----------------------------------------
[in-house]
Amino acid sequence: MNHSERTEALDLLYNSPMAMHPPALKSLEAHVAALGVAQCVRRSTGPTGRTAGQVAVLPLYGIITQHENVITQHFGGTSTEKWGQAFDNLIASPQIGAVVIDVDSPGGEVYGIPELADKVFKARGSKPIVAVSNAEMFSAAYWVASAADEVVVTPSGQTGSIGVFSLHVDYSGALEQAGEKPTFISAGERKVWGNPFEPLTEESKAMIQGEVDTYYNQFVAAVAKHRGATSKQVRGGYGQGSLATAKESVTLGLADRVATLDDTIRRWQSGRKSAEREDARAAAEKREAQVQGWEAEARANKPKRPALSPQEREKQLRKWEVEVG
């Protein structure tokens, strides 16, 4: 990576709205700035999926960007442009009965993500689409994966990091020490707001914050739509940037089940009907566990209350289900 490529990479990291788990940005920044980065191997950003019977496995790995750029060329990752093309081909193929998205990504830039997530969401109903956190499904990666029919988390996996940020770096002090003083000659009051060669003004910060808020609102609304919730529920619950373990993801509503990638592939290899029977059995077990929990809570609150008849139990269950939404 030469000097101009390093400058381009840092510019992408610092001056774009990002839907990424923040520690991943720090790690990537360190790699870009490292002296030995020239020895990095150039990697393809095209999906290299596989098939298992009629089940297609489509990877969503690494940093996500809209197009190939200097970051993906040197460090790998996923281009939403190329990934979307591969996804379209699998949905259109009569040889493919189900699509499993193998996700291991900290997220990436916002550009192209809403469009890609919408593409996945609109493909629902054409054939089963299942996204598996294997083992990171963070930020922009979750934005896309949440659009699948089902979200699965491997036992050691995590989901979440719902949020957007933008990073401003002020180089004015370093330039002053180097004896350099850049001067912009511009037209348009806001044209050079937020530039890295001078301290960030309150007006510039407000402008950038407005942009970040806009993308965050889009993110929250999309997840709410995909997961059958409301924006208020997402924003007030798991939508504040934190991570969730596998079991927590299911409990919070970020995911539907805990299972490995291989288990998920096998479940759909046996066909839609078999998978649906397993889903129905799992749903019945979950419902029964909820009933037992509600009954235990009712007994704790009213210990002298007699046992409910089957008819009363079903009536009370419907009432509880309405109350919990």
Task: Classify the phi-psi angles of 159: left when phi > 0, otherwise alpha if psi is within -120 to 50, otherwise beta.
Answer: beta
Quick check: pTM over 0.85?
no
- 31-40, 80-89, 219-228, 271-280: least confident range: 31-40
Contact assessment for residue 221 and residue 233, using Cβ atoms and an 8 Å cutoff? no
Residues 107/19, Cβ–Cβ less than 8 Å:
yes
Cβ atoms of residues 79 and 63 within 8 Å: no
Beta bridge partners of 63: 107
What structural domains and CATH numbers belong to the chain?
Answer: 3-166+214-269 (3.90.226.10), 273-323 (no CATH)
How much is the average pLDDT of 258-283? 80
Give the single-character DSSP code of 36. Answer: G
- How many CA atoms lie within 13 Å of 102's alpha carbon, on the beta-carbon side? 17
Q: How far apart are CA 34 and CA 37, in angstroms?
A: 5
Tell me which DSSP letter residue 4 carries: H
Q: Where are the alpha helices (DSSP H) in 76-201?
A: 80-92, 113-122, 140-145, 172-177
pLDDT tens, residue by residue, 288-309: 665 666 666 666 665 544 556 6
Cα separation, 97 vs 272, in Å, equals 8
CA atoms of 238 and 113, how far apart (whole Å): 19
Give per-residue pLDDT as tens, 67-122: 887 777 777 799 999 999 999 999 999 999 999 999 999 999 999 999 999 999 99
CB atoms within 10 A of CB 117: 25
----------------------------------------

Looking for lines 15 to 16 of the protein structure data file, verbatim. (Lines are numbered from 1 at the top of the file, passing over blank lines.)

Answer: 3-166+214-269 (3.90.226.10), 273-323 (no CATH)
How much is the average pLDDT of 258-283? 80